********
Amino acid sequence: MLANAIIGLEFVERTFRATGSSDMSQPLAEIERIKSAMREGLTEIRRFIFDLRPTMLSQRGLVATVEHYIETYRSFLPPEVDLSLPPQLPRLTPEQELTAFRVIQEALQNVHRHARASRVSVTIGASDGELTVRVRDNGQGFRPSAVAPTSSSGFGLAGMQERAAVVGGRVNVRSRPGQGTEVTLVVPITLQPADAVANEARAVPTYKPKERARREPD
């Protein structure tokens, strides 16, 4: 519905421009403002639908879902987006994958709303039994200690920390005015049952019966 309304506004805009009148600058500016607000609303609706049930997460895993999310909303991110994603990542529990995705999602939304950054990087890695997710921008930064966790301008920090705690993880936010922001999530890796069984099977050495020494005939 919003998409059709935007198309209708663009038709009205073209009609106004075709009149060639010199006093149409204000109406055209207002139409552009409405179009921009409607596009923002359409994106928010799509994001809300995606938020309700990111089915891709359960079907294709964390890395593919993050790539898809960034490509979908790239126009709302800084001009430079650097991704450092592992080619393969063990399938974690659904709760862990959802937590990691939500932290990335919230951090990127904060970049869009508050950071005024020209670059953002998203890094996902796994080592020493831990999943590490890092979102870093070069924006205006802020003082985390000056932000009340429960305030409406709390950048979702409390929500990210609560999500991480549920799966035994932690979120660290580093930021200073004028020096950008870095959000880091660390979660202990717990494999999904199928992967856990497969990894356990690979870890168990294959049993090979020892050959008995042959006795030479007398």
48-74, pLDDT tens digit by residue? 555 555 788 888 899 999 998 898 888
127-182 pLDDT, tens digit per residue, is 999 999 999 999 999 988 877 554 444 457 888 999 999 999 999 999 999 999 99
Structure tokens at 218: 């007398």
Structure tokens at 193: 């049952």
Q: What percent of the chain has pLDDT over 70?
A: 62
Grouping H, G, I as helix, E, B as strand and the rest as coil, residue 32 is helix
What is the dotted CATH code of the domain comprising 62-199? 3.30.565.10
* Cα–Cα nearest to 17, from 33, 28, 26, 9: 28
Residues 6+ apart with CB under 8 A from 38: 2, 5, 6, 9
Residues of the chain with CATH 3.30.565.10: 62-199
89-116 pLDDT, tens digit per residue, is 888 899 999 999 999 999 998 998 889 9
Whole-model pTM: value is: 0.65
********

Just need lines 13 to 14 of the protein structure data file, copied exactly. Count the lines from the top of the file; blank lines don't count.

Residues of the chain with CATH 3.30.565.10: 62-199
89-116 pLDDT, tens digit per residue, is 888 899 999 999 999 999 998 998 889 9